2.0 Supporting Facilities
Descriptions of the facilities of each of the participating institutions that will be available to the investigators involved with the project are described below. In addition to these resources, the purchase of some additional computing equipment will be required to complete the proposed effort (see Additional Detailed Budget Information). Full signed letters of support are provided in the Appendix. Essential paragraphs are repeated here in italics for completeness.
The University of Michigan
The Space Physics Research Laboratory (SPRL), within the College of Engineering Atmospheric, Oceanic, and Space Sciences Department, has played a significant role in the U.S. Space Program since its founding in 1946. In the past 2 decades, SPRL faculty and engineers have designed and fabricated instrumentation for over 100 rocket and balloon experiments and has developed and successfully flown over 30 major space instruments for US and international missions. The SPRL computing network includes 180 Macintosh and PC computers, 40 VMS and UNIX workstations, a data center comprising VAX 6420 and 8600 computers and supporting hardware, and is a gateway to the Internet and to extensive College of Engineering Computer Aided Engineering Network (CAEN) and University computing resources (including 2,000 Apollo, Sun, Apple, IBM, HP, and DEC workstations, connections to a variety of local and remote supercomputers, file and print servers, implementation servers, and national networks). SPRL administers over $14 Million in sponsored research, with interests spanning interdisciplinary studies of the earth, planets, and other objects and plasma regions within and beyond the solar system.
The School of Information and Library Studies (SILS)
The laboratory at SILS includes multiple computer platforms for the use of the faculty and students, including UNIX, Mac, and Windows platforms. In addition, SILS has access to all the network support and resources provided through CAEN.
The Jet Propulsion Laboratory
Facilities available within the Earth and Space Sciences Division (ESSD) at JPL include the JPL ESSD Computing Network. The Network is comprised of a VAXstation 4000-90, a VAXstation 3200, and a MicroVax 3400, which form a VAX cluster, as well as assorted Macintosh personal computers connected via an ethernet.
Turn of the Century Software
Turn of the Century Software is a software consulting partnership operated by Dr. Weymouth and Dr. Rasmussen. They specialize in networked and graphics applications on Macintosh, PC/Windows, and Unix/Motif platforms, with combined expertise spanning ten years of project oriented programming. In addition, they have expertise in C and C++ programming and experience with COLLAGE and MOSAIC. Currently, TCS does software development on two MacIntosh IIs and one PC.
Ann Arbor Hands-On Museum
The AAHOM serves over 125,000 visitors annually (approximately one-third in school or youth groups and 65% students and children) with 250 interactive science exhibits which invite visitors to learn about mathematics, science, technology, art, and cultures. The Museum also offers an assortment of special programs for the public. The Museum is governed by a Board of Trustees of community leaders and has recently undergone a significant expansion. The Museum has received national recognition as the site of the first Institute for New Science Centers, as a model for establishing a high-quality, low cost science museum, and as a recipient of five IMS General Operating Support Grants. The Museum has recently been awarded grants from the NSF Informal Science Education Program and the Howard Hughes Medical Institute.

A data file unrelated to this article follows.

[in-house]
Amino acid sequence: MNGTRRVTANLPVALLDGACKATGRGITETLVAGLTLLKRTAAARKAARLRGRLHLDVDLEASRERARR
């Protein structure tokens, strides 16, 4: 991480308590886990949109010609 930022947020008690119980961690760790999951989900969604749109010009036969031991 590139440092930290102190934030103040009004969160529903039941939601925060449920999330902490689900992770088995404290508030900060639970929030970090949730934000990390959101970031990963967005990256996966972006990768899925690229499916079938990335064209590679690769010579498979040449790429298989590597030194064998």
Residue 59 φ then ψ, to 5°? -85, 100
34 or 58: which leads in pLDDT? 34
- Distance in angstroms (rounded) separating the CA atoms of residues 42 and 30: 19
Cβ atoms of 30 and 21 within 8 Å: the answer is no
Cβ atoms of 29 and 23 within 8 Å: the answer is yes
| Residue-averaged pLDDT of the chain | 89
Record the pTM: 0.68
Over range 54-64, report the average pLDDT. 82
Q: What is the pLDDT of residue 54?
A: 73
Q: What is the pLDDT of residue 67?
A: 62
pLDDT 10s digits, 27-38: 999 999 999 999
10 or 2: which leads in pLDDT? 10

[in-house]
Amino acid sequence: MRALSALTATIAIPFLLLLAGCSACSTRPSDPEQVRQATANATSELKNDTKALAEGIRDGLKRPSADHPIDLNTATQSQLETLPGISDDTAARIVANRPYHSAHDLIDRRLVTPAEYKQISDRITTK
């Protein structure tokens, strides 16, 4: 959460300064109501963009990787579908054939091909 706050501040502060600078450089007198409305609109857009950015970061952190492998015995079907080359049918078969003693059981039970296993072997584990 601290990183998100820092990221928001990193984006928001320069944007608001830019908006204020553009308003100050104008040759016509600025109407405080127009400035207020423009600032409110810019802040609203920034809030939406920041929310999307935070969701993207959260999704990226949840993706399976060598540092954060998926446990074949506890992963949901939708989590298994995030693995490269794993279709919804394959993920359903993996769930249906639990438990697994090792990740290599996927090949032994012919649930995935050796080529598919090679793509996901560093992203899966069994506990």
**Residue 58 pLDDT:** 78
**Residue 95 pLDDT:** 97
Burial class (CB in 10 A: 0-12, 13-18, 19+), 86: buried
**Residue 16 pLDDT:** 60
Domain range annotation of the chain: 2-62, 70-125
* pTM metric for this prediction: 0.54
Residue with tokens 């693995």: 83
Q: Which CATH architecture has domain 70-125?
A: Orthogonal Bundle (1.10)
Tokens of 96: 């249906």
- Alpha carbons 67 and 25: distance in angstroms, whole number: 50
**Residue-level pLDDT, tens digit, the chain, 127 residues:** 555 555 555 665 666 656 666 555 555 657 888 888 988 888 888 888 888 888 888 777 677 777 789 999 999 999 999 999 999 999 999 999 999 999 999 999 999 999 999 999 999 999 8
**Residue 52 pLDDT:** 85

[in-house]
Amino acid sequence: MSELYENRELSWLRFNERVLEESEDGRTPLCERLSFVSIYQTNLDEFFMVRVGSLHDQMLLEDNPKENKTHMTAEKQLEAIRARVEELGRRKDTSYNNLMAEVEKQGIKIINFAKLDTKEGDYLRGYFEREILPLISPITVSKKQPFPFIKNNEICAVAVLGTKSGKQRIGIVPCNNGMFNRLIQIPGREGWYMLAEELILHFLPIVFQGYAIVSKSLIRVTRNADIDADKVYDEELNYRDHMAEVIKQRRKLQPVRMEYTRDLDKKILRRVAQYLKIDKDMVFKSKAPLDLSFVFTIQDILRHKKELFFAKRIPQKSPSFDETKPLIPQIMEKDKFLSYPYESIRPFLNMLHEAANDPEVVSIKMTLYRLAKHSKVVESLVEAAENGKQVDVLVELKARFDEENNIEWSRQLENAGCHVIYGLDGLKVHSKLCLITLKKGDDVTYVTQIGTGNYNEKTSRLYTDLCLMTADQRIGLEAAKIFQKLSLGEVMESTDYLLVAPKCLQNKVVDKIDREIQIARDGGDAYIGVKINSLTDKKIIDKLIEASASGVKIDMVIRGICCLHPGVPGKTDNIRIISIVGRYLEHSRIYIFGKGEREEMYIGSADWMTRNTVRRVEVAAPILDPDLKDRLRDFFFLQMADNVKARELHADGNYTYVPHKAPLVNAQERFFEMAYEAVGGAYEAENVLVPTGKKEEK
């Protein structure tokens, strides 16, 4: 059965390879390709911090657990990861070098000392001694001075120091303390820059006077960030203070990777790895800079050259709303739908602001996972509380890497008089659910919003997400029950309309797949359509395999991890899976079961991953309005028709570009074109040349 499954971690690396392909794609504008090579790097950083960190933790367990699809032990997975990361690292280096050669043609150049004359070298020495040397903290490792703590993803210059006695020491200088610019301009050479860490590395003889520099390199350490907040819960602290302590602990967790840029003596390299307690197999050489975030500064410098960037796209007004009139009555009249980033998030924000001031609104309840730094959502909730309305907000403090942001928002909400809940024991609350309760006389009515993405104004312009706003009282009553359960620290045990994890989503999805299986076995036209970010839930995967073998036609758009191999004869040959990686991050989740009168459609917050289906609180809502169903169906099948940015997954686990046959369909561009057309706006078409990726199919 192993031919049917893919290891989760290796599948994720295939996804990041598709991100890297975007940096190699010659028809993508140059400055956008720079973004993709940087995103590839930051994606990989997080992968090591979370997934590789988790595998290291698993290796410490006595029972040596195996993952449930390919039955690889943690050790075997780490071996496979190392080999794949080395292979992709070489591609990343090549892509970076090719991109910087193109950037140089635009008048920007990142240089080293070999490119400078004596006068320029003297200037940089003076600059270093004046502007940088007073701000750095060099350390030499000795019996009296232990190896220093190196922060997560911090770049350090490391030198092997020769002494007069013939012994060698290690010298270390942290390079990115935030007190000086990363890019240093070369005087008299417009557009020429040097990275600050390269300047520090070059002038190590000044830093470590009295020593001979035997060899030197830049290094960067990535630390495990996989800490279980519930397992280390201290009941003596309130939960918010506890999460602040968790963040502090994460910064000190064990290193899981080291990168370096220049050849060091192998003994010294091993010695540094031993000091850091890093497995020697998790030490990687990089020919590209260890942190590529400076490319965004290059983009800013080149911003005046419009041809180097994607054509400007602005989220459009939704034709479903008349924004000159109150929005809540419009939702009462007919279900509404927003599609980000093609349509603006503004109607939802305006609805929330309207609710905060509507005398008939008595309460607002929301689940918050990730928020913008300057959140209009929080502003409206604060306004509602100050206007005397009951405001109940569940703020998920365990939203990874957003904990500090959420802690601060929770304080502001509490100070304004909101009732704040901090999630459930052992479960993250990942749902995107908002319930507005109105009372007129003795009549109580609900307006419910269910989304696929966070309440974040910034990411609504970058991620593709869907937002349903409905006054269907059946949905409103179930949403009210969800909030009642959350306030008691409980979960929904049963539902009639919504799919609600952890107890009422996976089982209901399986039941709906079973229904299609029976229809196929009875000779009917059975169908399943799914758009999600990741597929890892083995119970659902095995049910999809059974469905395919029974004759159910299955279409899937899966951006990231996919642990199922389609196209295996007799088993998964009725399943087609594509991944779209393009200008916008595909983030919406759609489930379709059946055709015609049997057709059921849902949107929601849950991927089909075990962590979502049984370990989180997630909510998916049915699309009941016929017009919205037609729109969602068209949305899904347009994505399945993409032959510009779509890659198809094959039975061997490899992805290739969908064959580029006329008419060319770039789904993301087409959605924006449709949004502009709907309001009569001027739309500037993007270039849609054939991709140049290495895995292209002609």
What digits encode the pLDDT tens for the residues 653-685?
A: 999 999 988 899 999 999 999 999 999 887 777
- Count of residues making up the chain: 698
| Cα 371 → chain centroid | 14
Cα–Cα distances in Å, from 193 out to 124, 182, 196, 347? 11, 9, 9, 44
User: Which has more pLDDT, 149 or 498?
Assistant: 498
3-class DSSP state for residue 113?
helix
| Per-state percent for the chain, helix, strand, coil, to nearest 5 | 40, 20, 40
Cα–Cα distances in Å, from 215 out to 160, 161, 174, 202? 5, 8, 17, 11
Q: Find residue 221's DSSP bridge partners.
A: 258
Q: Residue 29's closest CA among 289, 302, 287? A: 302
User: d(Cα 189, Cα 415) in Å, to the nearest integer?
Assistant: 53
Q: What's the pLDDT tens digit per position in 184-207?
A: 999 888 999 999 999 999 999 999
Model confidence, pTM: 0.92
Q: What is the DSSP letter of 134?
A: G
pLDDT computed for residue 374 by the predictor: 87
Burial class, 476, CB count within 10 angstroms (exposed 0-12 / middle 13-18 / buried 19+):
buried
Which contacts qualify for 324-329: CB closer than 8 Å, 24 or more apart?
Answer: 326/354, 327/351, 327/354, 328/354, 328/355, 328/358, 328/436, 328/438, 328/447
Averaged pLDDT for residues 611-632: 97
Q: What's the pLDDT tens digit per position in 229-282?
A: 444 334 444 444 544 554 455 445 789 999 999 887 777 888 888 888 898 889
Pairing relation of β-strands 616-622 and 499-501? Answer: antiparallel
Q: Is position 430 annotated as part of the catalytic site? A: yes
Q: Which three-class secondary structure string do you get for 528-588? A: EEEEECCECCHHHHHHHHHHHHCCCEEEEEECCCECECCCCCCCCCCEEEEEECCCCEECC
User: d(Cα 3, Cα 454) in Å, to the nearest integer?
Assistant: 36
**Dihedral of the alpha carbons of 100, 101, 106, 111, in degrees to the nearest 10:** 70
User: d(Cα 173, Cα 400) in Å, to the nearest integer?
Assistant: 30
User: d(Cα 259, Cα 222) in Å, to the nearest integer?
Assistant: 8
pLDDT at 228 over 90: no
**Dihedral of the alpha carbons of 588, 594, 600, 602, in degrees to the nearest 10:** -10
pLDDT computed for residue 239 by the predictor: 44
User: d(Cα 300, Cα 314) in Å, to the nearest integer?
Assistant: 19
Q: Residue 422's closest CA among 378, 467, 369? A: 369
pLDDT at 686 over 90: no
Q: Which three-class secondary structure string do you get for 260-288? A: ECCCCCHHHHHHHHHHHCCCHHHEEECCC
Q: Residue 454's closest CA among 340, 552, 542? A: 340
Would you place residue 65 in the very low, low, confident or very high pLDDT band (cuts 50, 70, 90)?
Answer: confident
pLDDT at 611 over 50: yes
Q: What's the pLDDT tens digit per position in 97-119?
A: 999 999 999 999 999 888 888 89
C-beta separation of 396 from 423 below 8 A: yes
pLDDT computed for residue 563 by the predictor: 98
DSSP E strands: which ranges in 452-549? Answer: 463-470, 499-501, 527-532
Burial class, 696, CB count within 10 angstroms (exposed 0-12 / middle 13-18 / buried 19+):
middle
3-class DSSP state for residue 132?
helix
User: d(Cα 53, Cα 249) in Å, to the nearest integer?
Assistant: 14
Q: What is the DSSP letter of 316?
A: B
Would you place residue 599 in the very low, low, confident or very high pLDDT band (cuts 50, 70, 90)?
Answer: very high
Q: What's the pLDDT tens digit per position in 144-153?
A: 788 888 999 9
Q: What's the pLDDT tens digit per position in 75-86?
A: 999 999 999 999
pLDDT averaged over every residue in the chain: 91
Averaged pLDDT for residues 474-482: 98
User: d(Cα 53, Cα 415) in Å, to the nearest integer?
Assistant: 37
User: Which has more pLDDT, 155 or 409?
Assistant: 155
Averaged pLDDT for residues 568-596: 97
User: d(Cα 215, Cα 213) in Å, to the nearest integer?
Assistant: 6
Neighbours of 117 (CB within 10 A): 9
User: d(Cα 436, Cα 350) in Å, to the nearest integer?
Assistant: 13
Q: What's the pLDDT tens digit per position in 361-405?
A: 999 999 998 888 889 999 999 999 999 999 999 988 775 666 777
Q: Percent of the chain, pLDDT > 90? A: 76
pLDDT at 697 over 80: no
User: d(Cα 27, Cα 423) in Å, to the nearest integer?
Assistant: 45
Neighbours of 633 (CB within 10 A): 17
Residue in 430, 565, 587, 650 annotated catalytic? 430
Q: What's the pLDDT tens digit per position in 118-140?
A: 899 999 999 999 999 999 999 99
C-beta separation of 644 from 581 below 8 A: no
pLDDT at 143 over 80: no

Space Science Data Operations Office, Goddard Space Flight Center
The SSDOO contains three branches: the Astrophysics and the Space Physics Data Facilities, as well as the National Space Science Data Center (NSSDC), and is headed by our Co-I, Dr. James Green. The NSSDC is NASA's only long term archive and manages approximately 8 terabytes of data obtained from over 30 years of space exploration in addition to several 10's of million feet of film (all negative formats, slide, microfilm, etc.) from over 100 NASA missions. SSDOO manages the "home pages" on the World Wide Web for SSDOO, the Space Science Directorate, GSFC, and NASA and supports a number of interactive interfaces to over a dozen data and information systems including the Master Directory. The SSDOO has T1 and high Internet connectivity and T1 NASA Science Internet connectivity to its computer facilities. The SSDOO computer facilities contain 7 VAX, 15 UNIX, and 3 SGI workstations, 5 on-line optical disk juke boxes with the capability of storing 600 to 800 gigabytes of data each. Other facilities include numerous tape (9-track, 8 mm, 4mm) drives, stand alone optical (WORM, WO, CD-ROM) drives, a CD-ROM pre-mastering system and over 50 microcomputers (PCs and Macintoshs).